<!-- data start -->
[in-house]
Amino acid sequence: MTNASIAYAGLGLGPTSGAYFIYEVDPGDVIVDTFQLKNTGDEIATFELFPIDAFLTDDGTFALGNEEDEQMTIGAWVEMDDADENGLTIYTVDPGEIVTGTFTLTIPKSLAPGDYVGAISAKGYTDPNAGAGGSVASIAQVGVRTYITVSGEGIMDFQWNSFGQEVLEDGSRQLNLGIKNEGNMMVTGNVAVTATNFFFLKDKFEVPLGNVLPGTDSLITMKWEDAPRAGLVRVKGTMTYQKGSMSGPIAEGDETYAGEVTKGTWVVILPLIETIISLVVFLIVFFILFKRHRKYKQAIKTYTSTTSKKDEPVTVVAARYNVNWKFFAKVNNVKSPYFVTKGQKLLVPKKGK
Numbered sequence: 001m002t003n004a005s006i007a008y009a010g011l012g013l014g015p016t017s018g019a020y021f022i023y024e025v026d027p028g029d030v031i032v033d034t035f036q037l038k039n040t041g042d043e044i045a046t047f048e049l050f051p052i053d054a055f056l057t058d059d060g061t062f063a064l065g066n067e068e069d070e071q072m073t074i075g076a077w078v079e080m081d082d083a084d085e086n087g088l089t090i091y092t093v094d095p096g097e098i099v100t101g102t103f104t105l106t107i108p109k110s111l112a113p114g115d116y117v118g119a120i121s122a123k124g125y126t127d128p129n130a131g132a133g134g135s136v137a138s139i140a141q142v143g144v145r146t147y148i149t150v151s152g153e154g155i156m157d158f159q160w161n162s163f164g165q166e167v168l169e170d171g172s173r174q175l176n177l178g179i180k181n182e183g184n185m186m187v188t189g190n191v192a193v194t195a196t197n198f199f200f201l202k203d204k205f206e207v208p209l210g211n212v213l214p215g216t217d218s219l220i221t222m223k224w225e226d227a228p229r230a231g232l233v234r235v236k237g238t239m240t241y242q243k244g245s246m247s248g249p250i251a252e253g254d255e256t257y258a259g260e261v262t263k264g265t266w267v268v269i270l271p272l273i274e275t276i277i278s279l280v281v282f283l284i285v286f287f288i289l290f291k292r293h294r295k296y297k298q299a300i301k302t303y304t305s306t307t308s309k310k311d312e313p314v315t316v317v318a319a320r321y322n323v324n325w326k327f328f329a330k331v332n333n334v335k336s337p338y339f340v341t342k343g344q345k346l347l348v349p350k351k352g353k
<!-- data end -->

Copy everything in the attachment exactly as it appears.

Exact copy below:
[in-house]
Amino acid sequence: MTNASIAYAGLGLGPTSGAYFIYEVDPGDVIVDTFQLKNTGDEIATFELFPIDAFLTDDGTFALGNEEDEQMTIGAWVEMDDADENGLTIYTVDPGEIVTGTFTLTIPKSLAPGDYVGAISAKGYTDPNAGAGGSVASIAQVGVRTYITVSGEGIMDFQWNSFGQEVLEDGSRQLNLGIKNEGNMMVTGNVAVTATNFFFLKDKFEVPLGNVLPGTDSLITMKWEDAPRAGLVRVKGTMTYQKGSMSGPIAEGDETYAGEVTKGTWVVILPLIETIISLVVFLIVFFILFKRHRKYKQAIKTYTSTTSKKDEPVTVVAARYNVNWKFFAKVNNVKSPYFVTKGQKLLVPKKGK
Numbered sequence: 001m002t003n004a005s006i007a008y009a010g011l012g013l014g015p016t017s018g019a020y021f022i023y024e025v026d027p028g029d030v031i032v033d034t035f036q037l038k039n040t041g042d043e044i045a046t047f048e049l050f051p052i053d054a055f056l057t058d059d060g061t062f063a064l065g066n067e068e069d070e071q072m073t074i075g076a077w078v079e080m081d082d083a084d085e086n087g088l089t090i091y092t093v094d095p096g097e098i099v100t101g102t103f104t105l106t107i108p109k110s111l112a113p114g115d116y117v118g119a120i121s122a123k124g125y126t127d128p129n130a131g132a133g134g135s136v137a138s139i140a141q142v143g144v145r146t147y148i149t150v151s152g153e154g155i156m157d158f159q160w161n162s163f164g165q166e167v168l169e170d171g172s173r174q175l176n177l178g179i180k181n182e183g184n185m186m187v188t189g190n191v192a193v194t195a196t197n198f199f200f201l202k203d204k205f206e207v208p209l210g211n212v213l214p215g216t217d218s219l220i221t222m223k224w225e226d227a228p229r230a231g232l233v234r235v236k237g238t239m240t241y242q243k244g245s246m247s248g249p250i251a252e253g254d255e256t257y258a259g260e261v262t263k264g265t266w267v268v269i270l271p272l273i274e275t276i277i278s279l280v281v282f283l284i285v286f287f288i289l290f291k292r293h294r295k296y297k298q299a300i301k302t303y304t305s306t307t308s309k310k311d312e313p314v315t316v317v318a319a320r321y322n323v324n325w326k327f328f329a330k331v332n333n334v335k336s337p338y339f340v341t342k343g344q345k346l347l348v349p350k351k352g353k